Iassen Ghiuselev

The Adventures of Pinocchio

Carlo Collodi

Simply Read Books

The memorable, award-winning illustrations of Iassen Ghiuselev add wonderfull flavor to the engaging story of a wooden boy who long to become human.

American Library Association “BOOKLIST”

Todd Morning

The Disney version of Pinocchio is so ingrained in the American consciousness that it is easy to forget how quirky, surrealistc, ironic, funny, and, at times, very dark the original novel is. For example, Pinocchio obliterates the talking crichet early in the story with a well-aimed blow from a hammer. The unabridged text appears here, and Bulgarian artist Iassen Ghiuselev captures the events of the picaresque plot in his many black-and-white drawings and full-page warercolors. His drawings are characrerized by intricate cross-hatchings and subtle use of shadows, while his paintings in cool colors, asre filled with beautifully rendered details, such as the folds of clotheing. In many of the watercolors, versions of familiara Renaissance paintings, whish echo the action of the story, are subtly tucked into the scene. A well-designed, brilliantly illustrated new edition of the classic.

The Georgia Straight

December 6-13, 2001

John Burns

This first title from Vancouver publisher Simply Read Books I sstunning. The translation is fine ( the original story will be a revelation to those unfortunate enogh to know it only through Disney), the printing is topfligth; most remarkable are Iassen Ghiuselev’s extraordinary drawings. There are limited copies available throughout the city, so call ahead. This is a must-buy.

A line of classics retold

December 13, 2002

Jane Doonan

Carlo Collodi’s The adventures of Pinocchio is one of the most handsome books of recent years, with large paintings in gouache, subtle in color, and drawings that mimic wood engraving.

Ghiuselev pictures a wholly convincing world. His puppet is true to Collodi’s headstrong creation,a gangly creation who could poke out anyone’s eye with his nose. And would.

The Fairy with the Blue Hair is in iconic descent form Madonnas by Pierro della Francesca, and adds psychological depth to Ghiuselev’s interpretation. The final painting, in which the Blue Fairy gives life to Pinocchio, is surely one of the most original and beautiful transformation scenes in children’s illustrated literature.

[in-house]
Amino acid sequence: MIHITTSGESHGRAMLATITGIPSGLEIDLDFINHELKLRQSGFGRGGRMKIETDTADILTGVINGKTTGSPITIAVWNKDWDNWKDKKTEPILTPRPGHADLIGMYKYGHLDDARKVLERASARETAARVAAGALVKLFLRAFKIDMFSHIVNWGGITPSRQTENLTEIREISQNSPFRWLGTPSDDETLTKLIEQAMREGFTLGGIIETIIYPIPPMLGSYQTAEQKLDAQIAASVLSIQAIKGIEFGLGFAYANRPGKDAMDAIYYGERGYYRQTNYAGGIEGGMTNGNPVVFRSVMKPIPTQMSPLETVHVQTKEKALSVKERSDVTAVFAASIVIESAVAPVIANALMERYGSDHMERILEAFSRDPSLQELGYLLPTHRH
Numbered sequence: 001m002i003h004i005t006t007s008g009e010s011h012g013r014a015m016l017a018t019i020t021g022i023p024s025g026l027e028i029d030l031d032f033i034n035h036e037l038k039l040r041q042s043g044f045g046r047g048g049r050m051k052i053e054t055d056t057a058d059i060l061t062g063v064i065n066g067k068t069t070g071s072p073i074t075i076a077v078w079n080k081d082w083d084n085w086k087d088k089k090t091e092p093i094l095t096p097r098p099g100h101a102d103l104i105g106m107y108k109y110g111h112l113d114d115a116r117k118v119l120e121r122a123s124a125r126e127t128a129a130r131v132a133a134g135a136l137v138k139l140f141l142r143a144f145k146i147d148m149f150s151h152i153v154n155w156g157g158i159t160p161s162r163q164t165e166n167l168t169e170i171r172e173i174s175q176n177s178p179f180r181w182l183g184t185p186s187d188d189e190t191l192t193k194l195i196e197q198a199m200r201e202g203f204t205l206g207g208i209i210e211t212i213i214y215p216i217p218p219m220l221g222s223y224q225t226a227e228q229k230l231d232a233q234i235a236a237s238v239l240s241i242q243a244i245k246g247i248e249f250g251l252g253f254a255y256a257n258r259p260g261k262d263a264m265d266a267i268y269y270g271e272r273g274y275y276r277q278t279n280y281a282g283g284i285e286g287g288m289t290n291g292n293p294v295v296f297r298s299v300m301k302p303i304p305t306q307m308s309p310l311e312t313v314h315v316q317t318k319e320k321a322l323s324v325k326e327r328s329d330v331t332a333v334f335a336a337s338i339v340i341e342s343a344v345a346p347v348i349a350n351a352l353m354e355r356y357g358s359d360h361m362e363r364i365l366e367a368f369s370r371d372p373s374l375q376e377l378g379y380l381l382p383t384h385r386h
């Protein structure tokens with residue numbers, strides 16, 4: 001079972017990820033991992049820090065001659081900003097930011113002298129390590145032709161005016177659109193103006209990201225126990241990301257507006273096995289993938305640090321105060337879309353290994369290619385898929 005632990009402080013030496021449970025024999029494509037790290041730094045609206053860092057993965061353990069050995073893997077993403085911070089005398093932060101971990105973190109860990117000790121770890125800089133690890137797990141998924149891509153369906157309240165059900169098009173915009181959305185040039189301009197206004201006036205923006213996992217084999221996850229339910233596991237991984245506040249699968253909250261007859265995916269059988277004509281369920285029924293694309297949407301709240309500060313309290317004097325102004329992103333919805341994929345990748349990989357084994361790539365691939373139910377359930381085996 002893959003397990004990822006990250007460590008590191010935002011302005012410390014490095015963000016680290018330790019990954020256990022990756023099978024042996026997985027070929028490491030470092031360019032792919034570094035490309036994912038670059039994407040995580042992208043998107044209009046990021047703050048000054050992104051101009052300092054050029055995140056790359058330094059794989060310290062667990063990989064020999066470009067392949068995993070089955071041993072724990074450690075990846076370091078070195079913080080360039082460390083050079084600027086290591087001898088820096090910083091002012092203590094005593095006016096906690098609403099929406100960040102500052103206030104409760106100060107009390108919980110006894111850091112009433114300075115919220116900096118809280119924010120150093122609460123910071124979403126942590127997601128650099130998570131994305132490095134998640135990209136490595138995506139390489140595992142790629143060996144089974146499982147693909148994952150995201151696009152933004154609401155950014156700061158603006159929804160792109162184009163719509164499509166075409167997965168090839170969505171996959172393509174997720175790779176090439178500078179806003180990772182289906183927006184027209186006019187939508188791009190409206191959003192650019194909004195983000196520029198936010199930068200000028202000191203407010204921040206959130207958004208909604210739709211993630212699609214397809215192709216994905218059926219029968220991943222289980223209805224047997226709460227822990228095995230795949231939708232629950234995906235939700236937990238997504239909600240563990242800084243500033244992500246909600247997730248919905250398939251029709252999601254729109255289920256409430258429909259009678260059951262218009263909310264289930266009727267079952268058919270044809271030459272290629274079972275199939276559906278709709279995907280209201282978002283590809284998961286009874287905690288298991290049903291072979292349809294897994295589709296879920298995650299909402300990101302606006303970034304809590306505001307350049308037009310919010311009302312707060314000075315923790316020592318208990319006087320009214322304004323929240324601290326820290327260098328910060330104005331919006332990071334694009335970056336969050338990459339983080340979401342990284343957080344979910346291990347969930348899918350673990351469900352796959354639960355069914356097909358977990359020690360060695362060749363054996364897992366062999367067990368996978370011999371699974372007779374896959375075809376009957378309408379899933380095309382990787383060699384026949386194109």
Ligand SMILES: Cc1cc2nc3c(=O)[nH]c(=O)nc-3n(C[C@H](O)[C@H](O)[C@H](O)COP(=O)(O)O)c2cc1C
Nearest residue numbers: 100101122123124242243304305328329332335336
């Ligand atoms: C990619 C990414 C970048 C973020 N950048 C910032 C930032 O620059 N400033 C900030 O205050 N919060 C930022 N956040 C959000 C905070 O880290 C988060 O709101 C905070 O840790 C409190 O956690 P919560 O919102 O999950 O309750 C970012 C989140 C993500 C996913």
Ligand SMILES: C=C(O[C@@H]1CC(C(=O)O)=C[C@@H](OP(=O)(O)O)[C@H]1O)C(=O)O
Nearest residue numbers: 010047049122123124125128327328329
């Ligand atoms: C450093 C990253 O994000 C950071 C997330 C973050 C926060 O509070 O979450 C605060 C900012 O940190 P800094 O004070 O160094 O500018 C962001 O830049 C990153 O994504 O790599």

The Midwest book review

June 2002

Karen Haber

In yet another fresh artistic take on an old tale, Carlo Collodi’s classic Pinocchio has been given new life by the gifted Bulgarian artist Iassen Ghiuselev.

Ghiuselev’s award-winning illustrations make this handsome book a delight. His linework has an antique charm reminiscent of a mediaeval woodcut and an eccentric spirit that recalls the work of Barry Moser. The full color illustrations, tightly composed and crammed with details,also cast a delicate anachronistic spell with their faux hand colored appearance.

Ghiuselev’s work is a welcome revelation. Winner of the Illustrator of the Year award in 1994 at the Bologna Book Fair, he has published his illustrations internationally, and Pinocchio will only whet the appetite for more of this work. This is a book to treasure, both for its illustrations and sheer, loving book craft. The sewn-in-binding, the endpapers, the index of illustrations…sign. Simply - first-rate. Collectors of illustrated classic fairy tales won’t to miss this one.

New York Times Book Review


Sam Swope

The Subject Was Noses

I loved Iassen Ghiuselev’s magnificent full-color paintings and drawings in his jaw-droppinghly beautiful oversized edition, but they’re too somber for “Pinocchio” They lack the commedia dell’arte spirit that lightens the story’s horrific events. Moreover, his puppet is no devilish scamp but a heavy, almost tragic figure; even Pinocchio’s smiles are melancholy.